“I returned, and saw under the sun, that the race [is] not to the swift, nor the battle to the strong, neither yet bread to the wise, nor yet riches to men of understanding, nor yet favor to men of skill; but time and chance happeneth to them all.”

~*~Ecclesiastes 9:11~*~

Friday, September 28, 2012

Meet Jackie

I have to admit that Jackie was probably the hardest character for me to write in this story. It wasn't that she didn't come into my mind as solidly as other characters (in fact, Jackie was the first main character who came into existence for me after Liz). It wasn't that she had something wrong with her or that her voice was difficult for me to put to paper. It wasn't that I had to change her in any way. None of those things were problems with Jackie (but are problems I have had with other characters, both in this story and in others).
The problem with Jackie--what made her so fundamentally difficult for me to write--was that she has two very different personalities.

I know what you're saying. Liz has two different personalities too. She changes in the cult. And, yes, that's true, but I experienced Liz's change along with her. It was a gradual change. Jackie, however, comes into the story already in the cult, already changed, and the only taste you get of her actual personality isn't until much later (or in the "present day" scenes). Other than Liz, Jackie is the only character whose personality is so drastically different throughout the story, but unlike Liz you don't get to really know what Jackie's personality was ever like before she entered the cult.

Wednesday, September 26, 2012

Chapter Eleven, Part Two

           Elizabeth picked at a stray strand of hair that had escaped from her French braid.  She was sitting on a bench in the park, waiting for Morgan to show up.  People looked at her strangely—she was wearing a long-sleeved denim dress and boots and most people were walking around the park in tshirts.  She realized that people probably thought she looked a little strange, but she didn’t care.  She didn’t even watch the people walking by, merely watched her finger twisting the stray hair into a spiral.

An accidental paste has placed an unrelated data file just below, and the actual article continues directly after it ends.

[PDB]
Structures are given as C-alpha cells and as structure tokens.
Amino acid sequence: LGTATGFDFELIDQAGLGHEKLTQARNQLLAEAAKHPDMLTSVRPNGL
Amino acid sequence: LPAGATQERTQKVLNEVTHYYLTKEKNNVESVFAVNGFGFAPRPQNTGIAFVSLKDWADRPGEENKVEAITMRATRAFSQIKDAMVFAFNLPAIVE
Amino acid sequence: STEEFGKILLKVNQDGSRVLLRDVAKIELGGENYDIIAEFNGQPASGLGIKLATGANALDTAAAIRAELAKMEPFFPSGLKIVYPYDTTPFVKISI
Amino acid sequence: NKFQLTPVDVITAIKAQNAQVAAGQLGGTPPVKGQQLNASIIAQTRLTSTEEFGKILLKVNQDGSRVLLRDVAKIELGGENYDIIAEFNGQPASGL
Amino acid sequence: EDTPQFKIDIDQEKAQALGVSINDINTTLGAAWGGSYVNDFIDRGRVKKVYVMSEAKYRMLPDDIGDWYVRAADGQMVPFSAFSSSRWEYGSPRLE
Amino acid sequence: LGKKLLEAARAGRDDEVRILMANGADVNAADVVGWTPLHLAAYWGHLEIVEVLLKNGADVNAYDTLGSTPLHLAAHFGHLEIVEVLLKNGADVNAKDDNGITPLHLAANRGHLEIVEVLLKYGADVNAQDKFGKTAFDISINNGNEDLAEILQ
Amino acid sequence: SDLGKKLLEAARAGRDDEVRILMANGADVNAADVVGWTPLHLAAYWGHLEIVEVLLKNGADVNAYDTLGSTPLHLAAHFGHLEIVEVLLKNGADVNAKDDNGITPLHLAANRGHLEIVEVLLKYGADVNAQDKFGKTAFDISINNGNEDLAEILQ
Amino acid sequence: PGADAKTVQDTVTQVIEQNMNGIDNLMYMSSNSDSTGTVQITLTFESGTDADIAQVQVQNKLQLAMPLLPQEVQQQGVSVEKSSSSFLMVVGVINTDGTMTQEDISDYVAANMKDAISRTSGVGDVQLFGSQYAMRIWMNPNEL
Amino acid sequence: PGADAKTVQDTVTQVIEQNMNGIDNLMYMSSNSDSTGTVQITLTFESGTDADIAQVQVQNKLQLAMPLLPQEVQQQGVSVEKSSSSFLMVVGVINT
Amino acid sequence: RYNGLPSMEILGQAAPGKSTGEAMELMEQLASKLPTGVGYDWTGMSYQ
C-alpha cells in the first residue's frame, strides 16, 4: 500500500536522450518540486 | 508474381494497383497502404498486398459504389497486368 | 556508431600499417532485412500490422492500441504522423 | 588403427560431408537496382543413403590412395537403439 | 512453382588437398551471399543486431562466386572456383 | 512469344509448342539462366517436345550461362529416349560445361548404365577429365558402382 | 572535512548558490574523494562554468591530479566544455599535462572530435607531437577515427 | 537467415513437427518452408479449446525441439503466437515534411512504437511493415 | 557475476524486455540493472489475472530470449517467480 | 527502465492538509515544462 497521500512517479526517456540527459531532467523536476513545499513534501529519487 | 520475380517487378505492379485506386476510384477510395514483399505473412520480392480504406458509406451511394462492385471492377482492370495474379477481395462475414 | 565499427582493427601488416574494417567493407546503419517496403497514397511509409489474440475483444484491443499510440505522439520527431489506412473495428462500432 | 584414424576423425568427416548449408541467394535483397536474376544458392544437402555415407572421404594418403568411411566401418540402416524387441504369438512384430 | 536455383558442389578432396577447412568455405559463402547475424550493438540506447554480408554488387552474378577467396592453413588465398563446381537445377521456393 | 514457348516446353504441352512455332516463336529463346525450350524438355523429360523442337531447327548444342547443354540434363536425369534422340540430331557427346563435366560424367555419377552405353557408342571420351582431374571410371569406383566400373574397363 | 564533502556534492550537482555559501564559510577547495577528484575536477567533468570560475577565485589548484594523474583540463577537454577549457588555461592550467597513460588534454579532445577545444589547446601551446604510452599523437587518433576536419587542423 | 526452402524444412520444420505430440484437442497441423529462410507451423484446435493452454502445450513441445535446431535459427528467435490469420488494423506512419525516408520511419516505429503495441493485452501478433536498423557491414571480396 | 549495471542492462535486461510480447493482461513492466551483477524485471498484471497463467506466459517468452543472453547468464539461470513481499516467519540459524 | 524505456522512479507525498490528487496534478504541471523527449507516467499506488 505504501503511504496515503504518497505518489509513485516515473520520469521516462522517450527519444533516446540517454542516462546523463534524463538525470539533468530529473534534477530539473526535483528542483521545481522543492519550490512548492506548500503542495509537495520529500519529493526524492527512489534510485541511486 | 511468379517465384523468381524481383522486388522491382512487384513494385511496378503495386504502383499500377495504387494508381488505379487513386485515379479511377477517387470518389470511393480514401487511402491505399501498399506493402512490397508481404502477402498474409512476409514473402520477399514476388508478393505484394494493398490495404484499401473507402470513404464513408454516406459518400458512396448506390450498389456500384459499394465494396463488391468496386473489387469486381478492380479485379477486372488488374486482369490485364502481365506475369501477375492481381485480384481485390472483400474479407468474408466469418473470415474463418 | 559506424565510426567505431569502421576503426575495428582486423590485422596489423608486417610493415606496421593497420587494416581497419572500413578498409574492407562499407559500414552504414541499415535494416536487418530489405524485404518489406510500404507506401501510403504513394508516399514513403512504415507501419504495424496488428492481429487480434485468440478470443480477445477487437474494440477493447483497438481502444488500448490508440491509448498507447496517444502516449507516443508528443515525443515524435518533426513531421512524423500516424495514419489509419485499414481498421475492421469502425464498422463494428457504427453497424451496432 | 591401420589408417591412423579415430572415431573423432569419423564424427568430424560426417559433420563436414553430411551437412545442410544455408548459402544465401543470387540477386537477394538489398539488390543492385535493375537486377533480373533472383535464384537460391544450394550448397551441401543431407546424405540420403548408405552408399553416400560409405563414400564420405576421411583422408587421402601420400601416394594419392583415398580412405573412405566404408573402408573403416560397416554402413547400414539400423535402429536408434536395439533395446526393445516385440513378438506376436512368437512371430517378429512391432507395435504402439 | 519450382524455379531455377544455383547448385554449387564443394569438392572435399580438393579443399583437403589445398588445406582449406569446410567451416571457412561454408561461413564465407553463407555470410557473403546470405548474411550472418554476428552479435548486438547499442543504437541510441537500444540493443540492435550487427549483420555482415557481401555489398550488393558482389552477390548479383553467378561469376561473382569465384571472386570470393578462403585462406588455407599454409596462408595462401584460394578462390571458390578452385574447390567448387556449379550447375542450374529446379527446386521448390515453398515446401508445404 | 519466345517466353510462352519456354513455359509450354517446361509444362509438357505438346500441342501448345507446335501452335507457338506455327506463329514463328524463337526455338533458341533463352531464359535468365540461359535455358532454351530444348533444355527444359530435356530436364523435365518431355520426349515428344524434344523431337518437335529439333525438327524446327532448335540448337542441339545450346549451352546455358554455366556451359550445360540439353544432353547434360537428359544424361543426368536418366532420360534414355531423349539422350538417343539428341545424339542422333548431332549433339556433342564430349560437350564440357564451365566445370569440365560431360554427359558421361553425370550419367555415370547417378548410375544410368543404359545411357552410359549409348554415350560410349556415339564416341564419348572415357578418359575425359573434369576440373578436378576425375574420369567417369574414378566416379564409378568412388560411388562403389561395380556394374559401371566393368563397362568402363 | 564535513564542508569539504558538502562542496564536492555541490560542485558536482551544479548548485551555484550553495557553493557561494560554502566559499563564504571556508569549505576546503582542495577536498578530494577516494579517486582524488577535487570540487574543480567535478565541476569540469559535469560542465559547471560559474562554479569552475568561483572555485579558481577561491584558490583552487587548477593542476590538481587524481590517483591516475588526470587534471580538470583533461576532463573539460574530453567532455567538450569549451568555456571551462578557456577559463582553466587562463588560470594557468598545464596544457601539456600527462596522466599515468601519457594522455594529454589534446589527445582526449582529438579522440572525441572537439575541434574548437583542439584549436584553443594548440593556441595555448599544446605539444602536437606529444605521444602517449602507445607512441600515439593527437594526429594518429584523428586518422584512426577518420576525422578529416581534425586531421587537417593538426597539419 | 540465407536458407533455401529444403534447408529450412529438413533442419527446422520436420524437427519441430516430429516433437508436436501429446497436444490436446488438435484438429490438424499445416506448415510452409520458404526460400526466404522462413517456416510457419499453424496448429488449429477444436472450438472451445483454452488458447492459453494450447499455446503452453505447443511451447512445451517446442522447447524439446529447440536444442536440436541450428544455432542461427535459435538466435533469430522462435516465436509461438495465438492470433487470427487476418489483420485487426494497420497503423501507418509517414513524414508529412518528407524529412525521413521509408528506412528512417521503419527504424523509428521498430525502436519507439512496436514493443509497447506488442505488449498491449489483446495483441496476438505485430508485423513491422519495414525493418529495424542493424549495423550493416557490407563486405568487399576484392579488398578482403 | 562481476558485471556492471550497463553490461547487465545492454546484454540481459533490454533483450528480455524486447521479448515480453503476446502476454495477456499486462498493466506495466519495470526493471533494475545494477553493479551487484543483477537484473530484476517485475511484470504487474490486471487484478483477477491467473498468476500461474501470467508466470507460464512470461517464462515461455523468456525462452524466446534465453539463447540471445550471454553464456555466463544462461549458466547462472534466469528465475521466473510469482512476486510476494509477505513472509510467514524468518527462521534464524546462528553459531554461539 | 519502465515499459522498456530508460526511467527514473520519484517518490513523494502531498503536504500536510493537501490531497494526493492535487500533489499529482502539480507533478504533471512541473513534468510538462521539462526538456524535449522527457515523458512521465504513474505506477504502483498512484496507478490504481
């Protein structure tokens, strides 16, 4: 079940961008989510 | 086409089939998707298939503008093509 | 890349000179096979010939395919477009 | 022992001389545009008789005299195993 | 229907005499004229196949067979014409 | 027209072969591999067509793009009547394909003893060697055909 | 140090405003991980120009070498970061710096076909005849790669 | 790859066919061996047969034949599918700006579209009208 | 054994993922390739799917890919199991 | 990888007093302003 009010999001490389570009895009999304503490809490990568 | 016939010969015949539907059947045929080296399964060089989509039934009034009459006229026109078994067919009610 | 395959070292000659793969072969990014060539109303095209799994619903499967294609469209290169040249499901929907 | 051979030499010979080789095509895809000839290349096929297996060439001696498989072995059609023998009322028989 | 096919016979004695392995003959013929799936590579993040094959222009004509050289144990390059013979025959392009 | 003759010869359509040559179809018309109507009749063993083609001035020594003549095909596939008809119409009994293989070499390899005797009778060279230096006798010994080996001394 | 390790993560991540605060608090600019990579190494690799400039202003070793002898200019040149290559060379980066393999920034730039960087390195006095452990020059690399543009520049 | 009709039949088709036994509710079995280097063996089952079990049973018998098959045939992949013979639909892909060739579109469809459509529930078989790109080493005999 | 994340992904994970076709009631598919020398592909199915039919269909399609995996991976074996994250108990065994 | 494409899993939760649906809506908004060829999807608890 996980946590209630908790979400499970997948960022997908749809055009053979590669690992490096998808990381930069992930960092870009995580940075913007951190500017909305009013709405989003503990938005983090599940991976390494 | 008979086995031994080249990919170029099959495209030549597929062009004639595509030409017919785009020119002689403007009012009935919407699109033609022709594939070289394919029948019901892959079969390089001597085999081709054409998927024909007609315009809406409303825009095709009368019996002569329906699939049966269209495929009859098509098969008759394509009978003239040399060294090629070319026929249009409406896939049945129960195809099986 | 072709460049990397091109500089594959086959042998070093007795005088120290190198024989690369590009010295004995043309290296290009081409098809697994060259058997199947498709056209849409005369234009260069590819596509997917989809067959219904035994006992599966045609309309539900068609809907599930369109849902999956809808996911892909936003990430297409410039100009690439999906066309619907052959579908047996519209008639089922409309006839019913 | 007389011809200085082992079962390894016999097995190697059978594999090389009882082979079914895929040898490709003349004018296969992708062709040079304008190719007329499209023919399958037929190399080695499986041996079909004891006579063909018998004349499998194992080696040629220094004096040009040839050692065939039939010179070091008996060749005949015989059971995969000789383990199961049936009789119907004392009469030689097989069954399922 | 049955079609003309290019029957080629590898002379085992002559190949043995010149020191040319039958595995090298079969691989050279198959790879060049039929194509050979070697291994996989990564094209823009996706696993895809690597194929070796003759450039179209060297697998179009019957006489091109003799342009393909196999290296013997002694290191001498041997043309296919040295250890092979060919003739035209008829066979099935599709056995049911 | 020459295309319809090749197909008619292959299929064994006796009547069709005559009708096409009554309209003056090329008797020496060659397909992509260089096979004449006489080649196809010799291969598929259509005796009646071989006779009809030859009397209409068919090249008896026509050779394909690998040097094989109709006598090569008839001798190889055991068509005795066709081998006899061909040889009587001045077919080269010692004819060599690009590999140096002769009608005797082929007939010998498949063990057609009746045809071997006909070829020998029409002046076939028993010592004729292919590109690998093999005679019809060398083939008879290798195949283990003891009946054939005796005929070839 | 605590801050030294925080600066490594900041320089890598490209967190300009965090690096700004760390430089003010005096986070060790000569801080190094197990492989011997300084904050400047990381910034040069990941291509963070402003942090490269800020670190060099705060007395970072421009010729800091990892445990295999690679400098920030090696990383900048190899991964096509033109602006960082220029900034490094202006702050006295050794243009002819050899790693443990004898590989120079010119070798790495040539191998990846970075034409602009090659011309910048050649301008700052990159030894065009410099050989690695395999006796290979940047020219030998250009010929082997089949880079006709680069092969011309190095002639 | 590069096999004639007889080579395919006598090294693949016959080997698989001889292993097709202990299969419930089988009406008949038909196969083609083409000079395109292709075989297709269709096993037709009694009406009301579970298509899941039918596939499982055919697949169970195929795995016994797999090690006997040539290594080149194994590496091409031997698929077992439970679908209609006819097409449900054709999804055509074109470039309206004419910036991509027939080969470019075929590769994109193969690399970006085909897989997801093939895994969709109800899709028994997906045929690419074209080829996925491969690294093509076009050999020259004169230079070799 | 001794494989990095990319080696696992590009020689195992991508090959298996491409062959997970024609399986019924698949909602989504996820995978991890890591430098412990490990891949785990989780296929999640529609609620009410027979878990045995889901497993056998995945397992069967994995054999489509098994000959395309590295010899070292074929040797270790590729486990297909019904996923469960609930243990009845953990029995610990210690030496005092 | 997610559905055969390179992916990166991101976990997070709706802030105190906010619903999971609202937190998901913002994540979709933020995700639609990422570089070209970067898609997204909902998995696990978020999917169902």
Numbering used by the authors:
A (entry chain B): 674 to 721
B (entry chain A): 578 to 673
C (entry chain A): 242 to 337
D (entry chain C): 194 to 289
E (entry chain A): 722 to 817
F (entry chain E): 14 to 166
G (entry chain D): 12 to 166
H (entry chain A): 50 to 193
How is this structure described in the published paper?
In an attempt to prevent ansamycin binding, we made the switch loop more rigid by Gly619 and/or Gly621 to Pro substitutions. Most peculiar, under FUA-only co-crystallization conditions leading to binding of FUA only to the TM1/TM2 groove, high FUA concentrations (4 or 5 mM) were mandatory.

“Hey, Elizabeth.”

            Elizabeth finally pulled her attention away from the hair, which was now thoroughly twisted around her finger, and looked up at the newcomer.

            “Hey, Morgan,” she said with a smile, disentangling her hair.  “What’s up?  Why did you want to meet here?”

Monday, September 24, 2012

Chapter Eleven, Part One

           Elizabeth’s stomach rumbled.  She glared down at it and tried to turn her concentration elsewhere as soon as possible.  Being a Level Two was hard, that was what she’d learned over the days following her promotion.  Everyone was more demanding, there were stricter rules to follow, Sandra was being less patient, and Elizabeth still had no idea what had happened to Derek.  She’d seen him from time to time at a distance at the church, while coming and going, but Sandra had always steered her away before she’d even gotten the chance to wave.

            And now she was hiding in her attic, as she’d gotten into the habit of doing over the last few days.  Every meal had culminated in an argument and every time she’d ended up escaping up here.  Tonight had been a particularly nasty fight, during which her mother had been about one step from forcing food down her daughter’s throat.  So Elizabeth sat on the futon in the attic common room, her knees folded up under her chin.  Her journal was balanced on top of her knees and she was scribbling in it with renewed fervor, as though her life depended on it.

Friday, September 21, 2012

Chapter Ten, Part Three

            Once the two girls were settled in Sandra’s car, and the front door of the house had closed, Sandra turned to Elizabeth and handed her a piece of black fabric—a blindfold.

            “What’s this for?  I thought we were going to the mall.”

            “Do you trust me?” Sandra asked as she pulled out of the driveway.

            “Of course, but—”

            “Then put on the blindfold and stop asking questions.”

            Preferring to just trust Sandra than feel her wrath, Elizabeth tied the blindfold tight over her eyes.

            “So we’re not going to the mall?”

            “What did I just say?”

            “Stop asking questions.”

            “Good girl.” Sandra patted Elizabeth’s arm.  “And, no, we’re not going to the mall.”

Wednesday, September 19, 2012

Chapter Ten, Part Two